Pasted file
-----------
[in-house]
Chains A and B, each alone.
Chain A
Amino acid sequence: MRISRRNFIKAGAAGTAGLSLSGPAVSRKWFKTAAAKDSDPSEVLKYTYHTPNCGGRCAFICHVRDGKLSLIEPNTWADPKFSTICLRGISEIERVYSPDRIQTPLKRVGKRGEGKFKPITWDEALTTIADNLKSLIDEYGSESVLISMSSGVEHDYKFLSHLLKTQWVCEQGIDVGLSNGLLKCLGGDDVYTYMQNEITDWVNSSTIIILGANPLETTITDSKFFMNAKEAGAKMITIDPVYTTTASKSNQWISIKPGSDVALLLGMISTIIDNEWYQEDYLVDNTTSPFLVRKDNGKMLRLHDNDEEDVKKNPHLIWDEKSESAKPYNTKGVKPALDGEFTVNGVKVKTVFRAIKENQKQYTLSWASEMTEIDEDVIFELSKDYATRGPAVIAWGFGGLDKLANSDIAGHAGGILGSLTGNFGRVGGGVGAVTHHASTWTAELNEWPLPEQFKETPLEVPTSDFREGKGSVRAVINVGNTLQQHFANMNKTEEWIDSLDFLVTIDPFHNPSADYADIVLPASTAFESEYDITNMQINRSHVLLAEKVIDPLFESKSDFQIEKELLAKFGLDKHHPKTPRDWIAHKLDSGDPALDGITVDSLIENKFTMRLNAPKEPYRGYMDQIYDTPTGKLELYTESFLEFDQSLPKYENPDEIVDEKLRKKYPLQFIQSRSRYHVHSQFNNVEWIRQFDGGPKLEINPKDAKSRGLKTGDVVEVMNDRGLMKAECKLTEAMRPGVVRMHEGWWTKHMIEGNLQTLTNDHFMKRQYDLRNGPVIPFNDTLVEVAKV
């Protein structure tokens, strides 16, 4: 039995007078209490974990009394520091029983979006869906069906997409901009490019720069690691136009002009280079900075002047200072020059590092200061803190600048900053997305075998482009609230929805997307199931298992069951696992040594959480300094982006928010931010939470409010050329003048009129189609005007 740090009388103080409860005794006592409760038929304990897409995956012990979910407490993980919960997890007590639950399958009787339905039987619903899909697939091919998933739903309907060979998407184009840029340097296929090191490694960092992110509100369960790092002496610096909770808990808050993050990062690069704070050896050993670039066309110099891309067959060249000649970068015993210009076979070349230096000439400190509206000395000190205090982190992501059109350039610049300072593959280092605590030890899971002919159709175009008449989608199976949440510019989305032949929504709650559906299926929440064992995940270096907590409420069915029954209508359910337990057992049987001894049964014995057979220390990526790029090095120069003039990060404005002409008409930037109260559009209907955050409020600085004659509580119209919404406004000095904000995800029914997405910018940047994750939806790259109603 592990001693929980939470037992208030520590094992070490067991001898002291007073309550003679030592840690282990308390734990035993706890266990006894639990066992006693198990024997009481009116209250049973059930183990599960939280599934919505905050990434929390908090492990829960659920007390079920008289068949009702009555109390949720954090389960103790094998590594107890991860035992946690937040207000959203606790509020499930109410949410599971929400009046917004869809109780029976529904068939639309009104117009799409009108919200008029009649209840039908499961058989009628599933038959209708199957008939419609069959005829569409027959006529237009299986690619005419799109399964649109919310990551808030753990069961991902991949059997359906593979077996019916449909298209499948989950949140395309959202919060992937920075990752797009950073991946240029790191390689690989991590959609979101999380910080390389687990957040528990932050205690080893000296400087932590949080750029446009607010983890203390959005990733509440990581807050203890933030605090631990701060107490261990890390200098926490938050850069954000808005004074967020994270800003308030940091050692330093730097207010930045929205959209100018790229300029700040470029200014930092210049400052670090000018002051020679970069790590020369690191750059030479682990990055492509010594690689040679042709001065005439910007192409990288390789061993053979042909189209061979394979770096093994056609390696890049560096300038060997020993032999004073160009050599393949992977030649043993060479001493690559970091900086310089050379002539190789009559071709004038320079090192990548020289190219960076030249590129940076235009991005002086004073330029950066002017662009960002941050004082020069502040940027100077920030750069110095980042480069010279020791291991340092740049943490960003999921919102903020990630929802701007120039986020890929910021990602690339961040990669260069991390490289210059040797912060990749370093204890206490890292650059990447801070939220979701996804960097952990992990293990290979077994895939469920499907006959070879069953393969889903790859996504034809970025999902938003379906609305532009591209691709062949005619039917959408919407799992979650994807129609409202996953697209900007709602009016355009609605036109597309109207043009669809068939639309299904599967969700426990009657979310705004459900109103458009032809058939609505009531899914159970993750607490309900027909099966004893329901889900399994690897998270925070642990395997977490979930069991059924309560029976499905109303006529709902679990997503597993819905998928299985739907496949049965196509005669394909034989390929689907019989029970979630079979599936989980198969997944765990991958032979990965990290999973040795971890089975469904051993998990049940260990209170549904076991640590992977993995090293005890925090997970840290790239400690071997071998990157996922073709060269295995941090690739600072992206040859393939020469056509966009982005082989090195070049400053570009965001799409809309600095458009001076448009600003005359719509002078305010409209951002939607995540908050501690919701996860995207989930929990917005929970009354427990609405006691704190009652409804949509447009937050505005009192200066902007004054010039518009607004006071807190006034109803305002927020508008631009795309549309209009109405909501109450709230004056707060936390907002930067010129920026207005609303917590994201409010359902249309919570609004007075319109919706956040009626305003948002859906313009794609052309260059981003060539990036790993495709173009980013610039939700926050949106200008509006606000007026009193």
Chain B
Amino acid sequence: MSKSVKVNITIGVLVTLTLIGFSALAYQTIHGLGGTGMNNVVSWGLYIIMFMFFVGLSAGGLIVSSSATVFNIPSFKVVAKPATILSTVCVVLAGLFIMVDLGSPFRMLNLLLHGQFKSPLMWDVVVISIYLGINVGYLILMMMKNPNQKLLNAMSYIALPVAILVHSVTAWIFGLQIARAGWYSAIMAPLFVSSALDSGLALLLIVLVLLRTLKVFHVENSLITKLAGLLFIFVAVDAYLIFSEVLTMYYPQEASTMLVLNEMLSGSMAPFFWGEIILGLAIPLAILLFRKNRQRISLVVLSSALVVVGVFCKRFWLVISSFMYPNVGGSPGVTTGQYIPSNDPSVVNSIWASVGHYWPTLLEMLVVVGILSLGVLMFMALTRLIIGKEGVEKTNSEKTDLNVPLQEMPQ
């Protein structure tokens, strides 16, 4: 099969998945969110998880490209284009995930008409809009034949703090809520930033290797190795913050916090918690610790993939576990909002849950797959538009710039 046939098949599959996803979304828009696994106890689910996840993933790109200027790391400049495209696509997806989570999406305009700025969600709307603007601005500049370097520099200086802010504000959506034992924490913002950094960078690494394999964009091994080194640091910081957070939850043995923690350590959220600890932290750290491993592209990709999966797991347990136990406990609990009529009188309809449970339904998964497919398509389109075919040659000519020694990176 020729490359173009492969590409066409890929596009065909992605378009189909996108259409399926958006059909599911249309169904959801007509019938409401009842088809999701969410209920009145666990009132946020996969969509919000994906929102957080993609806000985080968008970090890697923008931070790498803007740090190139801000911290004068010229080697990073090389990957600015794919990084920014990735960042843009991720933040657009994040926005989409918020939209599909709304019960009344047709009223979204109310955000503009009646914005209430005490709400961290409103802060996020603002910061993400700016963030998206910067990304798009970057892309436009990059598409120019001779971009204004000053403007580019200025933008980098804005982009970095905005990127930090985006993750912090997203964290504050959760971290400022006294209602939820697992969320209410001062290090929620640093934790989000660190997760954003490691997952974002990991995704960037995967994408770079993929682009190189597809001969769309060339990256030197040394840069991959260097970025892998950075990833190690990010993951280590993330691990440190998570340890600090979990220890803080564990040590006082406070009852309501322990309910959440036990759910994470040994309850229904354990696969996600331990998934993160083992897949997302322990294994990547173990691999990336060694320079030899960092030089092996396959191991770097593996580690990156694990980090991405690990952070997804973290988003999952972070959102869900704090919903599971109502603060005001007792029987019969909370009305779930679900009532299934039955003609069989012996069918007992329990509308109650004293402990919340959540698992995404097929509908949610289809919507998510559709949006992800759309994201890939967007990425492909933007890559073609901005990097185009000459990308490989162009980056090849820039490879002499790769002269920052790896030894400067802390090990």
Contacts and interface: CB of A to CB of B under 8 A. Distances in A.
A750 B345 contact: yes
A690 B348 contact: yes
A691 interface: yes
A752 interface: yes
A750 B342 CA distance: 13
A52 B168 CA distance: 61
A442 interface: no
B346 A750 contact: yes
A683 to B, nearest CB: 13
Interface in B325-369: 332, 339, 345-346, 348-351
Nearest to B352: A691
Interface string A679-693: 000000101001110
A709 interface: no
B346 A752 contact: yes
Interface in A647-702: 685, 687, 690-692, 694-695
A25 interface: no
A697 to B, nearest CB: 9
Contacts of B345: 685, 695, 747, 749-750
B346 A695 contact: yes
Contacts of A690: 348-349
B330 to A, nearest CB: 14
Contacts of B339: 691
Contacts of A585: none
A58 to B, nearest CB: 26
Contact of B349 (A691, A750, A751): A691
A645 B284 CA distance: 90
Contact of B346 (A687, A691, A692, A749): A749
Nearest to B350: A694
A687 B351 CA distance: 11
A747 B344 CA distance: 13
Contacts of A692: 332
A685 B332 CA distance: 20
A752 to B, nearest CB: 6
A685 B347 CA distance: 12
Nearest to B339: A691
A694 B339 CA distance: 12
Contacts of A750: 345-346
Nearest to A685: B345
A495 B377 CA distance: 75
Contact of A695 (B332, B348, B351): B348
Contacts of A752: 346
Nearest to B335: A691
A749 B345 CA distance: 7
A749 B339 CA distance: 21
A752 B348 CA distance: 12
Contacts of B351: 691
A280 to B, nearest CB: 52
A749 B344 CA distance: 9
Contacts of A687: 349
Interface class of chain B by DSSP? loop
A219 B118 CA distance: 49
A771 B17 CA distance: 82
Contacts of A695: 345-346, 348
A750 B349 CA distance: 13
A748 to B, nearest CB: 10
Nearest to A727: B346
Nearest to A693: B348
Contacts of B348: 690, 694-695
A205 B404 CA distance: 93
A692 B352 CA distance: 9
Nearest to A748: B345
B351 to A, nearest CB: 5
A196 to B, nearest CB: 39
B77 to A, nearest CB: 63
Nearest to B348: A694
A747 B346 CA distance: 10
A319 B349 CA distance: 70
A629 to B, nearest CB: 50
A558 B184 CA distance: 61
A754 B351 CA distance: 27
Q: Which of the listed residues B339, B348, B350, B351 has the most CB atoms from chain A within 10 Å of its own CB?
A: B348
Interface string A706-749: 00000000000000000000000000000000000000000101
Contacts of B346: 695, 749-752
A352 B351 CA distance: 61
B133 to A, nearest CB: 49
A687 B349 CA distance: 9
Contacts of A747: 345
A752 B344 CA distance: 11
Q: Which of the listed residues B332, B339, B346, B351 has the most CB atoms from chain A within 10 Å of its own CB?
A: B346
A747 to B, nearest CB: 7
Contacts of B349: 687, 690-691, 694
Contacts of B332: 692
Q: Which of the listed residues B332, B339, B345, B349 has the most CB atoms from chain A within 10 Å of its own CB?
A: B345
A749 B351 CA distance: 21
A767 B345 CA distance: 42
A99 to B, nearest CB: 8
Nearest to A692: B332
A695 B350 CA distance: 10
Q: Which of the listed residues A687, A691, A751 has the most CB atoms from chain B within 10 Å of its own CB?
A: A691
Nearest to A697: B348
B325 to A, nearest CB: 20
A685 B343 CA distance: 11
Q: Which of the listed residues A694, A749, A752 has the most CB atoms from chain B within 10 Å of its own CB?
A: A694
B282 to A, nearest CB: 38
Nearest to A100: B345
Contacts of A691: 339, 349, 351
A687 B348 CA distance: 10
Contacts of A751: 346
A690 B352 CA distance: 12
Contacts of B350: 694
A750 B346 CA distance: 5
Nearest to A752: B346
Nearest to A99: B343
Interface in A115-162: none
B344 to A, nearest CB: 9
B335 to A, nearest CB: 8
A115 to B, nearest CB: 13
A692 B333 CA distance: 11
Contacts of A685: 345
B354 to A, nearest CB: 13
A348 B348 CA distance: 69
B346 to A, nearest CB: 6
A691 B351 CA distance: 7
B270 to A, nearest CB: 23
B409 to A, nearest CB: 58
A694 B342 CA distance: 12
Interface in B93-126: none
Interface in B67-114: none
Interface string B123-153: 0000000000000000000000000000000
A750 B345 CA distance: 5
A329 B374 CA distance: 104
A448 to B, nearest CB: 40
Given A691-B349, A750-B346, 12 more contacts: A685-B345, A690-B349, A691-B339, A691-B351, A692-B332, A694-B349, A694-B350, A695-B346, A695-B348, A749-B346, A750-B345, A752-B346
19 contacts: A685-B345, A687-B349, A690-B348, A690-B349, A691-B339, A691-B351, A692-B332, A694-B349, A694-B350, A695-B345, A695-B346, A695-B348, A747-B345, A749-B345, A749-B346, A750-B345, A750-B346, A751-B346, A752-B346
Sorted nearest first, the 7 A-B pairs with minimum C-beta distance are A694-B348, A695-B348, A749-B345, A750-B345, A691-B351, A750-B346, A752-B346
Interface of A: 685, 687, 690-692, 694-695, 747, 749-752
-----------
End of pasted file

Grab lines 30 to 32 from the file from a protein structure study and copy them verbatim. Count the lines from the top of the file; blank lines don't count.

B330 to A, nearest CB: 14
Contacts of B339: 691
Contacts of A585: none